It takes just a few years of reckless spending to get stuck in a debt-overhang spiral.

2. Embezzlement of public money through nepotism 

The reconstruction project involved massive embezzlement of public money through nepotism in the awarding of contracts, an overt shift of wealth from the public to private entities, and tenders greatly exceeding project costs.

Some estimates put the amount of waste at more than 50% of the total cost of reconstruction. By 2019, Lebanon had one of the highest debt-to-GDP ratios in the world. As a consequence, interest payments consumed around 50% of government revenue by 2019.

3. Spending on a bloated public sector bill and broken state entities 

Most of the public spending was not generating economic value. The two main sources of primary spending were public sector wages (a highly bloated public sector that served sectarian patronage), and subsidies to the broken state-owned Électricité du Liban (EDL), where deeply entrenched vested interests blocked any reform.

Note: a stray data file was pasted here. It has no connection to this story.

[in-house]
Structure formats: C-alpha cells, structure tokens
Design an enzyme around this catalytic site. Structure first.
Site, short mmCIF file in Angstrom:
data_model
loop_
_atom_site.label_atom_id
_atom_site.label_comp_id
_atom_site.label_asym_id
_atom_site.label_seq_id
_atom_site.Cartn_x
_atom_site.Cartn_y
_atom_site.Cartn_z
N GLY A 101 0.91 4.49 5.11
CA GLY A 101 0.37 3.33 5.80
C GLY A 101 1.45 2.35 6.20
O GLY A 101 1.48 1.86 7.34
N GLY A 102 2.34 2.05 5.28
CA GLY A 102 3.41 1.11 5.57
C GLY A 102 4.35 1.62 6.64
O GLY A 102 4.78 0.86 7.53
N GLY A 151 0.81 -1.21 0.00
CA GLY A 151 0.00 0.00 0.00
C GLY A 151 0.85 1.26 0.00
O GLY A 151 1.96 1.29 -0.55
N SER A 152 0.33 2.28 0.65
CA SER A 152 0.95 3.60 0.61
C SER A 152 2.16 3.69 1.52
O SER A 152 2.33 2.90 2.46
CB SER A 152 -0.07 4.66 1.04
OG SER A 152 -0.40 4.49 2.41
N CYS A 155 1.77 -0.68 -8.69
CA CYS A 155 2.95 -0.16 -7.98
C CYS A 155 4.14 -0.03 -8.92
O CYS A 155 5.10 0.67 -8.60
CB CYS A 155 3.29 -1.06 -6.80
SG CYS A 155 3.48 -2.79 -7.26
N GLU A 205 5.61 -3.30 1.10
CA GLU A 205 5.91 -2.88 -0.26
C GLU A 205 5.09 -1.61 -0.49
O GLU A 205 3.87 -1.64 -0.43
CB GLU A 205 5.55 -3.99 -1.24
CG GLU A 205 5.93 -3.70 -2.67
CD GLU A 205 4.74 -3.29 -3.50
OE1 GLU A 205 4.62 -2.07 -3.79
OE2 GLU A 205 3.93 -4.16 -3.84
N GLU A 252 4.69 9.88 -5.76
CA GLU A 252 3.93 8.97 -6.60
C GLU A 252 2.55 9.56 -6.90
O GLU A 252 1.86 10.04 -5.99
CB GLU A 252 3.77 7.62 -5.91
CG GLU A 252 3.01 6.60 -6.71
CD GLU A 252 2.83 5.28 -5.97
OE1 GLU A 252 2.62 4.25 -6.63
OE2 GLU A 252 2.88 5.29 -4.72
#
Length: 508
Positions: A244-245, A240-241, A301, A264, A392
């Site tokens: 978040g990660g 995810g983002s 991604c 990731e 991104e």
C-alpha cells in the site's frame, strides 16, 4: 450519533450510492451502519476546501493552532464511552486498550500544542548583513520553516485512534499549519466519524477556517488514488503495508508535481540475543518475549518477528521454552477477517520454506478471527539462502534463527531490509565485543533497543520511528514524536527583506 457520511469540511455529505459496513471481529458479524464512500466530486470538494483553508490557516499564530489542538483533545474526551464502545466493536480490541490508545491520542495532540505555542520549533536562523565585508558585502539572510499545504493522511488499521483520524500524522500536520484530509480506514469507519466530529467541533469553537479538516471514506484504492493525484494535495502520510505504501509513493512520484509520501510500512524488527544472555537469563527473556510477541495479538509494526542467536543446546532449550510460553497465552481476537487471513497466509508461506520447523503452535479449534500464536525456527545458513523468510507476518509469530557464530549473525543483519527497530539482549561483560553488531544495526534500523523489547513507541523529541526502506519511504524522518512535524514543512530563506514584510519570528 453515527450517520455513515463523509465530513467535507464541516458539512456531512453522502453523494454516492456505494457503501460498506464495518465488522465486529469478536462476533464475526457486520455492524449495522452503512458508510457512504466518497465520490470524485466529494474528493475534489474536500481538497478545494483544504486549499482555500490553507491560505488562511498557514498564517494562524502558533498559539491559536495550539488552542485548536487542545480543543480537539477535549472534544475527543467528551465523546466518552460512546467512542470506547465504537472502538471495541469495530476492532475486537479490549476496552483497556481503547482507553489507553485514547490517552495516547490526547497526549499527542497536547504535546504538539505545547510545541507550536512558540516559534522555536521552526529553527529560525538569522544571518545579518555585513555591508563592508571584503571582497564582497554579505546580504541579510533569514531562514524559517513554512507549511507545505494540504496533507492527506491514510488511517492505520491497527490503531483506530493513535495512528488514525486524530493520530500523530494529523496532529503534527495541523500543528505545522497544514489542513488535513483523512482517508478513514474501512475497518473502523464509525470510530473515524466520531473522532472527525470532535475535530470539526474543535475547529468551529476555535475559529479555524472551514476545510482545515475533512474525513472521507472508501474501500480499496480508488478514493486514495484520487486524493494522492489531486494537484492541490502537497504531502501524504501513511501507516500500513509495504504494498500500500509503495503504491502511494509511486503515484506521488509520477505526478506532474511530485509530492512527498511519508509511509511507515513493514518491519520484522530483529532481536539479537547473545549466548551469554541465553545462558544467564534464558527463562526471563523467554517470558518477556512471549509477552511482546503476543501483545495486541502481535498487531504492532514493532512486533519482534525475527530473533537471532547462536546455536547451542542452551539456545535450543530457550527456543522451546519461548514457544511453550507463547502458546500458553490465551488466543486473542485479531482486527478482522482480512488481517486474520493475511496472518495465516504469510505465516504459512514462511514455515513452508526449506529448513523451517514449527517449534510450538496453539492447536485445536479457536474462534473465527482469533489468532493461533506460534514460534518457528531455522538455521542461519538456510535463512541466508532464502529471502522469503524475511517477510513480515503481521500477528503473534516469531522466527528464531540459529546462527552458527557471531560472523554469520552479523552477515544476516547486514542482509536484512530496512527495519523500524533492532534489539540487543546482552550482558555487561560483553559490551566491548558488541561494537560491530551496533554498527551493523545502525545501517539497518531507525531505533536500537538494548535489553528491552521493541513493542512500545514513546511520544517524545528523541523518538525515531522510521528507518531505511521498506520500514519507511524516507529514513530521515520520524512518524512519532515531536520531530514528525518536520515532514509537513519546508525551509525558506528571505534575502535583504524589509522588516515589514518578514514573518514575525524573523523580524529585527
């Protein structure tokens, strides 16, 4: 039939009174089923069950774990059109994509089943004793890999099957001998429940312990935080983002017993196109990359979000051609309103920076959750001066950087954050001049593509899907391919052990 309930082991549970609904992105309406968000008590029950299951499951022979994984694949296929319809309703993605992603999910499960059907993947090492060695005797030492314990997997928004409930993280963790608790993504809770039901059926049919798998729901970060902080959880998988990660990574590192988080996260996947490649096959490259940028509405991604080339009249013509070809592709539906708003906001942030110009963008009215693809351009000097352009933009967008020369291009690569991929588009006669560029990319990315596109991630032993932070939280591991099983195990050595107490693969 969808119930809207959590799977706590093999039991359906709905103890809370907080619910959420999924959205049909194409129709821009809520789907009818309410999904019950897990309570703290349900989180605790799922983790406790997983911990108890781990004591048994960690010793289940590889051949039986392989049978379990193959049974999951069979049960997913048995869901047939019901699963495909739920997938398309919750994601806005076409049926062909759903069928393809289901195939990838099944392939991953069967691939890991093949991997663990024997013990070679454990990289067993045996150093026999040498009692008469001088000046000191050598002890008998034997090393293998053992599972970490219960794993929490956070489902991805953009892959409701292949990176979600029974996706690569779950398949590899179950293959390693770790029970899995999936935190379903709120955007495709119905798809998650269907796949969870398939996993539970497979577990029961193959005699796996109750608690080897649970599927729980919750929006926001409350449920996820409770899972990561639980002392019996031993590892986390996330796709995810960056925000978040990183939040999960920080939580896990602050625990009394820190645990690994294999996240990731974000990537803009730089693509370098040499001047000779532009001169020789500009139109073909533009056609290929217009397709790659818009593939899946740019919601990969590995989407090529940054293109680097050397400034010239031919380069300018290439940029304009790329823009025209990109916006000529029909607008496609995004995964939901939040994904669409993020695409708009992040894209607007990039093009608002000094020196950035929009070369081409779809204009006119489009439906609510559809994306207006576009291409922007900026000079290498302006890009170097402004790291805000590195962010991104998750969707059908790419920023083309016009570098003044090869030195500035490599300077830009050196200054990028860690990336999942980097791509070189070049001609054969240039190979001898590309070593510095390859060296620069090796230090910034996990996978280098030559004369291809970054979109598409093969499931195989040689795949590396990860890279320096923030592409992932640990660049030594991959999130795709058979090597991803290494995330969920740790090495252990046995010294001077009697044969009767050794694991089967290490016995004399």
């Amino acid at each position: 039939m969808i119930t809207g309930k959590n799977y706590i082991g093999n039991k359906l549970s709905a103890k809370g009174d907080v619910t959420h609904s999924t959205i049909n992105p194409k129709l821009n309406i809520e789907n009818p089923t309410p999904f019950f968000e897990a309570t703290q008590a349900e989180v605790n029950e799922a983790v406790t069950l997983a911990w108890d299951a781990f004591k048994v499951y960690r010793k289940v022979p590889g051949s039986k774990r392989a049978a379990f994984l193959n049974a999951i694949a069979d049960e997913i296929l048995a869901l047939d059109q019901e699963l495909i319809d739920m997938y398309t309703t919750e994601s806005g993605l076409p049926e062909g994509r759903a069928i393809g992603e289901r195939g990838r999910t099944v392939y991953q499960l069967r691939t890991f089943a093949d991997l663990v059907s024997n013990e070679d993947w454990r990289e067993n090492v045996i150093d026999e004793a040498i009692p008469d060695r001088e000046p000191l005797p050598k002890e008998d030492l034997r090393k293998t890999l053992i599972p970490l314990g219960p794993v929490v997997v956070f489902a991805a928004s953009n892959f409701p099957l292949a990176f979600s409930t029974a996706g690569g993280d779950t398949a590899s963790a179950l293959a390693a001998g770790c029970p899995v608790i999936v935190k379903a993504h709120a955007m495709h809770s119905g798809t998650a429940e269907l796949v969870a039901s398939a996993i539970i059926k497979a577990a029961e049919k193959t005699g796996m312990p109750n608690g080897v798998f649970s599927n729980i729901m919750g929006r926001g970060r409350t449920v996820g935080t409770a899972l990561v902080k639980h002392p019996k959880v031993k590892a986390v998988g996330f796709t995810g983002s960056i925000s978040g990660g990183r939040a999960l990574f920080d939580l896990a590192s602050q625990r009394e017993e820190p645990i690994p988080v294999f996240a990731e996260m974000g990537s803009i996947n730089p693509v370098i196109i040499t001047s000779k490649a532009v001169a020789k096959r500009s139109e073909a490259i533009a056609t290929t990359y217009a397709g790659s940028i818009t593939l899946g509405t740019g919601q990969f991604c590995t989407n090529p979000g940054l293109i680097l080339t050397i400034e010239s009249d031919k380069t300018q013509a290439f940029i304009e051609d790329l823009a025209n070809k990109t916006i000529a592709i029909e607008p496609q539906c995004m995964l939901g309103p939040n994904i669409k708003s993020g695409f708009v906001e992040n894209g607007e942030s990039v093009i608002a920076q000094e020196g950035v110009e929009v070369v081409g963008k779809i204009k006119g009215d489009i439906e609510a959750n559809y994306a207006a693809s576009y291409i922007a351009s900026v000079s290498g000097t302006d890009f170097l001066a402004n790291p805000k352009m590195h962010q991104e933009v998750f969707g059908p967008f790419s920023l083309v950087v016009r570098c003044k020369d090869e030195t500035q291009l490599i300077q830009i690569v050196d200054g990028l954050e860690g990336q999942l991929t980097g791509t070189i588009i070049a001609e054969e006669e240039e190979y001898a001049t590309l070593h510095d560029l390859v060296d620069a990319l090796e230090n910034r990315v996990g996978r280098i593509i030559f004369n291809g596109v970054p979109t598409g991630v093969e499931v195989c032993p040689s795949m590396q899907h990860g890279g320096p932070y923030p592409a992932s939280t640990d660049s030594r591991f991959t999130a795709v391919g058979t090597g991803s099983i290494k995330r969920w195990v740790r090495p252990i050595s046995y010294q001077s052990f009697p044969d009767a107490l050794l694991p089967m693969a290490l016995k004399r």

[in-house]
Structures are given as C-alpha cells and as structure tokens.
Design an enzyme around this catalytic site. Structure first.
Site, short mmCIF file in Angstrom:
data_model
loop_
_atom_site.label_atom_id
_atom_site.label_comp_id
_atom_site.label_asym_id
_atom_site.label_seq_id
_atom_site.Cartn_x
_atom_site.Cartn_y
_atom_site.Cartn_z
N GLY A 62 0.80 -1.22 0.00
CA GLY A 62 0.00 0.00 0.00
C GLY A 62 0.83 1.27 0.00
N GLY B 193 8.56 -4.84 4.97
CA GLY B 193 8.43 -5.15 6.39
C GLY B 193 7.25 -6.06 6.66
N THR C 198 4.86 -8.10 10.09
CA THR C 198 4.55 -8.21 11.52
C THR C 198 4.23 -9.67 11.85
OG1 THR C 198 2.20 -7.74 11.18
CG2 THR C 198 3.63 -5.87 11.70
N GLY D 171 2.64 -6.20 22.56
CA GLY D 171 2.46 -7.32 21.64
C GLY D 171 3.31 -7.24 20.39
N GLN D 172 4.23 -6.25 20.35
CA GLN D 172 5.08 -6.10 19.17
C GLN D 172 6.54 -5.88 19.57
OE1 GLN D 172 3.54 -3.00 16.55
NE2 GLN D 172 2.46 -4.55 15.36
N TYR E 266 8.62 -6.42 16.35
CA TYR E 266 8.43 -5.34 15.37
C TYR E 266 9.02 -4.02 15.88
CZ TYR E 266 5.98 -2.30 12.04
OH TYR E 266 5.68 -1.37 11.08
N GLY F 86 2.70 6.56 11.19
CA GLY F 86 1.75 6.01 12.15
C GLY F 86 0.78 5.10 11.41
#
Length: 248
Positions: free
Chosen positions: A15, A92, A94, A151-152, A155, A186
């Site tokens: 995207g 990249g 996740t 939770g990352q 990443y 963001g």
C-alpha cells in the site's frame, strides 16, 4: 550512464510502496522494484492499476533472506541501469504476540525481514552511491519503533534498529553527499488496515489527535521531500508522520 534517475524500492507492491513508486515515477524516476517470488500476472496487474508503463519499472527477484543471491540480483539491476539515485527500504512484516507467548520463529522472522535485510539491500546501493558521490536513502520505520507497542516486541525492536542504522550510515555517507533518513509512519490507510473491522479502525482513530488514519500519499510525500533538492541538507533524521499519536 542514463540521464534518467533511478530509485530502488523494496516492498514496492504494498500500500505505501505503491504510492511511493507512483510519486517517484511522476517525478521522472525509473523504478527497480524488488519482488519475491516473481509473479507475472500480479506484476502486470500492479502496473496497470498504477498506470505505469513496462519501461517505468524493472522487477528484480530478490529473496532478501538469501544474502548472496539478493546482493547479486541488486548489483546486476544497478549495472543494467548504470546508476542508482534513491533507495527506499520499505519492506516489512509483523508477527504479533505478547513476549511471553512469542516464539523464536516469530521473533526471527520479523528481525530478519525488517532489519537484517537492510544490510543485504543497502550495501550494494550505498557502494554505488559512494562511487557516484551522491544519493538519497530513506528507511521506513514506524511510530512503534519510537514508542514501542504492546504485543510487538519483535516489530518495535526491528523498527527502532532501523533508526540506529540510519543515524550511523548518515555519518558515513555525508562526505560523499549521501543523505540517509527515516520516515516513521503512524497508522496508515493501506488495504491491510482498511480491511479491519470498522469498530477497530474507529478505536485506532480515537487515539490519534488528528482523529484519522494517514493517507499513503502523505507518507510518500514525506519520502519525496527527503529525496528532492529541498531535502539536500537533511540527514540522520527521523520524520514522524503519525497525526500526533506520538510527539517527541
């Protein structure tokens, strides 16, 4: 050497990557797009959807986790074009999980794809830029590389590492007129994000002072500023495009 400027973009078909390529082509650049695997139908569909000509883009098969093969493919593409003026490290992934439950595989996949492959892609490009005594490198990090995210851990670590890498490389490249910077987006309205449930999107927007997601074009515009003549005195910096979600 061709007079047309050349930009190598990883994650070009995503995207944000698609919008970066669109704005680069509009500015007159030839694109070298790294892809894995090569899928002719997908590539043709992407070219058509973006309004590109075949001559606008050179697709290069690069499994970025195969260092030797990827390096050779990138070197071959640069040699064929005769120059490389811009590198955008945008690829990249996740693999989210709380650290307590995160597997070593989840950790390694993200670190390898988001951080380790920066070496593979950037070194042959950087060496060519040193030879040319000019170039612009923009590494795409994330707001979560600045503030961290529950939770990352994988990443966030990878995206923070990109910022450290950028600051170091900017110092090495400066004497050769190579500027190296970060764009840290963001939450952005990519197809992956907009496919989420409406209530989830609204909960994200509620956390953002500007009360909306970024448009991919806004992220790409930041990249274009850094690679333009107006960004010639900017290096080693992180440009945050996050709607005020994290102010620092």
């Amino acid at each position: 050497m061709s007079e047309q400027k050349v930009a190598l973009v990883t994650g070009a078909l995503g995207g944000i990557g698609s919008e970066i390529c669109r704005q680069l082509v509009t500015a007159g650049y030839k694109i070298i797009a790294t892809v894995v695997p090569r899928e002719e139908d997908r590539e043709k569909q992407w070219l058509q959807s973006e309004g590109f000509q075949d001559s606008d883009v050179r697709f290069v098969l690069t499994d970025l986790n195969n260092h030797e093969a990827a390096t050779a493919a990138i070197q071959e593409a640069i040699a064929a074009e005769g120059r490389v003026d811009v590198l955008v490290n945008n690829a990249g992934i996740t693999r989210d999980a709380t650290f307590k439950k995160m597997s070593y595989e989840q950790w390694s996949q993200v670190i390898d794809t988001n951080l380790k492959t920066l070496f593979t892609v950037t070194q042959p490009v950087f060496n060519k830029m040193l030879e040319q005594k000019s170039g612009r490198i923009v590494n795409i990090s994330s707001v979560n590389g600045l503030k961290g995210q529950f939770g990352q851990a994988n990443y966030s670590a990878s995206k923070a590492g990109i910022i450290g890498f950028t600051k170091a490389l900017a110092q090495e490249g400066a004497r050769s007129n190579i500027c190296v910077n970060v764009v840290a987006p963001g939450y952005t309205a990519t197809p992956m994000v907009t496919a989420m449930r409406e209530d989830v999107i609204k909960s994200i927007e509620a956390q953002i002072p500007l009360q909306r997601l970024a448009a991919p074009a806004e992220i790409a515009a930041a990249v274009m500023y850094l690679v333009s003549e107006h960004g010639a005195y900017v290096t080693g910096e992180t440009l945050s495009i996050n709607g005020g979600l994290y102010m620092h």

4. A country consumes more than it produces, and is over-reliant on imports

Lebanon consumes more than it produces and relies heavily on imports.

The export base is tiny due to long-standing neglect of the productive sectors at the expense of the service sector, an overvalued exchange rate, and a commitment to open trade with no policies to protect domestic industries.

The link between the budget deficit and the current account deficit is important.

Budget spending comprised three main items: interest expense, wages, and subsidies to EDL.

Nearly half of interest expense was in US dollars, and most of the EDL costs were in foreign currency. As for wages, even if they were paid in local currency, consumption spending would automatically lead to US dollar outflows as the country relied on imports to meet 85% of its daily needs.

5. Over-reliance on remittances